Singapore’s Steps: Modernizing the RSAF’s F-16 Fleet
In September 2013, Singapore confirmed its much-anticipated intent to upgrade its F-16C/Ds with improved radars and other changes. The move is part of wider-ranging improvements underway in Singapore. It’s also seen as an early example to many other F-16 operators around the world, who respect Singapore’s as a discerning buyer and may wish to do the same thing.
That decision is expected to launch at least 2 fierce competitions. One will be between Lockheed Martin and BAE Systems. The other will be between Raytheon and Northrop Grumman.
RSAF: The Bigger Picture
With respect to the F-16s, Singapore has a number of options. First of all, Lockheed Martin and BAE can be expected to compete hard for the upgrade work. Lockheed Martin is the manufacturer, but Britain has picked up significant F-16 upgrade wins in the USA and around the world.
Then there’s the radar question. The new radars will use advanced AESA technology, improving range/ discrimination by 2x – 3x, offering entirely new modes of operation, and sharply reducing maintenance costs.
Lockheed Martin recently announced that Northrop Grumman’s SABR radar would be the cornerstone of its F-16V offering, which was unveiled at the 2012 Singapore air show. The F-16V can be bought as an upgrade, or as new fighters. Modernized American and Taiwanese F-16s will also use SABR.
On the other hand, South Korea picked Raytheon’s RACR radar for their advanced F-16 upgrade, and Singapore already flies with related Raytheon AN/APG-63v3 AESA radars in its 20 new F-15SGs. If Singapore also picks RACR for its F-16s, in order to take advantage of common software and radar mode development, it will give Raytheon a significant and much-needed boost in the global F-16 refit competition.
From a force structure point of view, Singapore has about 14 F-16C/Ds based in the USA for training, and another 48 F-16C/Ds in Singapore at Changi AB and Tengah AB. In the near future, they plan to expand Changi and Tengah and consolidate around both facilities, while closing Paya Lebar AB. Paya Lebar’s F-15SGs, upgraded F-5S interceptors, and C-130 transports will go elsewhere, though the 40 or so F-5s are due for phase out in the near future.
There is some question as to whether they will be replaced, though a March 2013 announcement that Singapore would buy more F-15SGs seems to indicate at least partial near-term replacement. The rest of that question hinges on Singapore’s timeline for acquiring F-35s. If they’re bought soon, they’ll grow the fleet, effectively replacing the F-5S with some F-16C/Ds. If Singapore postpones their F-35 buy, they will pay less per plane, and the F-35s will become de facto replacements for the F-16+ fleet as they age out. Upgrading the F-16s might suggest to some that Singapore intends to delay the F-35s, especially since they recently elected to expand their F-15SG fleet instead of making an expected announcement about 12 F-35Bs. In his September 2013 statement, Minister for Defence Dr. Ng Eng Hen would say only that Singapore continues to evaluate the F-35′s suitability “in meeting our long-term security needs to further modernise our fighter fleet and replace our older aircraft.”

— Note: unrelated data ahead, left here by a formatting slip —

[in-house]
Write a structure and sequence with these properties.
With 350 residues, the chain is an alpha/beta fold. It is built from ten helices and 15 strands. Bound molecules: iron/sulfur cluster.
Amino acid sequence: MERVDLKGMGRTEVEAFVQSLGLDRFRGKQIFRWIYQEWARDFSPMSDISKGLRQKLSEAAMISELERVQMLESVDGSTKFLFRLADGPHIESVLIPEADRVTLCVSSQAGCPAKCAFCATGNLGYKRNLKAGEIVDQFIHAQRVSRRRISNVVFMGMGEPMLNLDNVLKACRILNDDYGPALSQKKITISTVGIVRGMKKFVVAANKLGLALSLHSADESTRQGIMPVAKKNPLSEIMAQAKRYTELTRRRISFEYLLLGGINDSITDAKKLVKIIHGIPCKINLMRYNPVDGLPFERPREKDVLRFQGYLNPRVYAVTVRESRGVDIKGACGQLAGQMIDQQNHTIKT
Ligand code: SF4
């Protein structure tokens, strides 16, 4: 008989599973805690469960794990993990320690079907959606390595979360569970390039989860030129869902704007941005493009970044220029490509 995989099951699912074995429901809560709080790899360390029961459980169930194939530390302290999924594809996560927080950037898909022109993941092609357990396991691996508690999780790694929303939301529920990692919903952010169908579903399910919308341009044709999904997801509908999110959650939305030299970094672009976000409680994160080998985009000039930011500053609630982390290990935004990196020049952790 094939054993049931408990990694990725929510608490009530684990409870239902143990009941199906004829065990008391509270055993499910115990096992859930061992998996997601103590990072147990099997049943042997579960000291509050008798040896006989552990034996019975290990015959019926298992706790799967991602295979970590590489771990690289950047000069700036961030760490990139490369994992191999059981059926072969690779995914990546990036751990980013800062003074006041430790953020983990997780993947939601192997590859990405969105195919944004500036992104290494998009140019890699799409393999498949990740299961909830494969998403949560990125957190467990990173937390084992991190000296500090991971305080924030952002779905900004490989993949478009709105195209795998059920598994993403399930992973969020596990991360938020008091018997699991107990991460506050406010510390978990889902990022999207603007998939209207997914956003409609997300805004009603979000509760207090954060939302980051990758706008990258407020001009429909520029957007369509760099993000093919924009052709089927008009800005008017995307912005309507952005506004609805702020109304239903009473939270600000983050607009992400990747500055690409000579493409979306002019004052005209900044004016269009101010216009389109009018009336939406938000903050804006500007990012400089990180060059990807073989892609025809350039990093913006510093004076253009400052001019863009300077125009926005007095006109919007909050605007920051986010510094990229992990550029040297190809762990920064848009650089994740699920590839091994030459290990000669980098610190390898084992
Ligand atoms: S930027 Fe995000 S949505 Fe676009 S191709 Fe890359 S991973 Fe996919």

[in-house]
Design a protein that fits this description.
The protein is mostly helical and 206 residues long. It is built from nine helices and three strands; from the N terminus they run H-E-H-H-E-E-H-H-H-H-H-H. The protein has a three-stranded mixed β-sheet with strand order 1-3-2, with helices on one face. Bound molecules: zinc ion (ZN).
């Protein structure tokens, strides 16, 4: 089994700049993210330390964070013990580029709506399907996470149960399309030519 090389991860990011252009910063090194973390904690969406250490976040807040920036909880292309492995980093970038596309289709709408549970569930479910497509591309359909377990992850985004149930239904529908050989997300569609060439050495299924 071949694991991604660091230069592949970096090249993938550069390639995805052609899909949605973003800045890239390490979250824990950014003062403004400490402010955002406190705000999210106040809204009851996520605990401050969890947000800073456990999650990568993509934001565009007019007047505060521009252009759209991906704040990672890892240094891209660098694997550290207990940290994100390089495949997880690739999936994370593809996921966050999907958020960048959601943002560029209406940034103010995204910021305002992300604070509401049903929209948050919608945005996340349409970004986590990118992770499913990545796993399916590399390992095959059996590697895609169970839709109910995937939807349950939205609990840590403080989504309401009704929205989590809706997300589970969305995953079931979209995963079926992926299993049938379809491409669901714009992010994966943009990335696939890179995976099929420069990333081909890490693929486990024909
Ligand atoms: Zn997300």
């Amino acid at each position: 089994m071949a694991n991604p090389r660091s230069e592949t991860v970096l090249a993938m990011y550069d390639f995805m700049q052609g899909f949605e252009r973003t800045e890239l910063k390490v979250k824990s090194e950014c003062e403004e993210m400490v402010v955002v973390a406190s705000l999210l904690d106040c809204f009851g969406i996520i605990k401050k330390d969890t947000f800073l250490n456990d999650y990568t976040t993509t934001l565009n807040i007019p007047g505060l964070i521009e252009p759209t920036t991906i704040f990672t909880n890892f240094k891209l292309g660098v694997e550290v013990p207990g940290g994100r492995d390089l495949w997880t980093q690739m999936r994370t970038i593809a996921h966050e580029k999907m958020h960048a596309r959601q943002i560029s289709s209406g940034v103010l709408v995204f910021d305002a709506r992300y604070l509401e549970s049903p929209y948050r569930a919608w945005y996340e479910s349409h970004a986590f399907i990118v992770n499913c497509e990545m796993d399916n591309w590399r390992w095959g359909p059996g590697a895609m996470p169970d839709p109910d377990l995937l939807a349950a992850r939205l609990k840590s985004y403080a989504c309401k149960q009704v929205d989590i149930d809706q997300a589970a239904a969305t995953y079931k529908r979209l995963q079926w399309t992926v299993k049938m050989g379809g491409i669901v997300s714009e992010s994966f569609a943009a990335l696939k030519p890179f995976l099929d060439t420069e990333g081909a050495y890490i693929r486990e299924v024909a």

Singapore’s consolidation into just 2 main air bases adds operational risk to their future fleet, but protection is also being improved. Beyond Singapore’s confirmed F-16 upgrades and new F-15SGs, new IAI Gulfstream G550 CAEW jets have improved their advance airborne warning. On the ground, new mobile Spyder air defense systems from RAFAEL offer a more modern, longer-range complement to the legacy Rapier systems from Britain. At the top tier, MBDA’s long-range Aster-30 missiles will soon replace Raytheon’s MIM-23 I-Hawks on land, offering Singapore the ability to intercept short range ballistic missiles as well as aircraft, cruise missiles, etc. Singapore’s Formidable Class frigates already use a combination of Aster-15 and Aster-30 missiles, so the land-based Aster-30 buy will draw on an existing support network.
None of Singapore’s immediate neighbors can match this array, and Singapore’s qualitative advantage is large enough that it’s very unlikely anyone would test it. The city-state is extremely serious about its defense, with a long history of strong spending in this area. That well-known commitment, and the visibility of its strategic position, ensures that Singapore’s defense choices get attention far beyond their immediate neighborhood.
Contracts & Key Events
Sept 16/13: Singapore’s Minister for Defence Dr. Ng Eng Hen’s Parliamentary reply confirms that Singapore has picked MBDA’s Aster-30 as its upper-tier air defense system on land, and will upgrade their F-16s. The planes will be refitted with new electronics and systems, and the RSAF also plans to extend their service lives. Sources: Singapore MINDEF, “Reply by Minister for Defence Dr Ng Eng Hen to Parliamentary Question on Relocation of Paya Lebar Air Base”.
- YouTube – New Lockheed Martin F-16V Singapore Airshow 2012 HD. By LMCO.
- Lockheed Martin (Feb 15/12) – Lockheed Martin’s Fighting Falcon Evolves With New F-16V
- DID – South Korea Looking to Upgrade its KF-16 Fighters. They picked Raytheon’s RACR AESA radar.
- DID – Import or Die: Taiwan’s (Un?)Stalled Force Modernization. Taiwan’s F-16s will carry Northrop Grumman’s SABR radar, picked for them by the USAF.
- DID – Singapore’s RSAF Decides to Fly Like An Eagle. In April 2013, it became clear that Singapore would grow their F-15SG fleet again, instead of buying 12 F-35Bs.
- Defense News (March 22/10) – [F-5] Retirement or Replacement?
- DTI (Jan-Feb. 2008) – Target Acquisition: MAST Highlights Missile Defense Concepts. Says that the Formidable Class carries both Aster-15s and Aster-30s, along with the Herakles active radar and Sylver A50 launchers.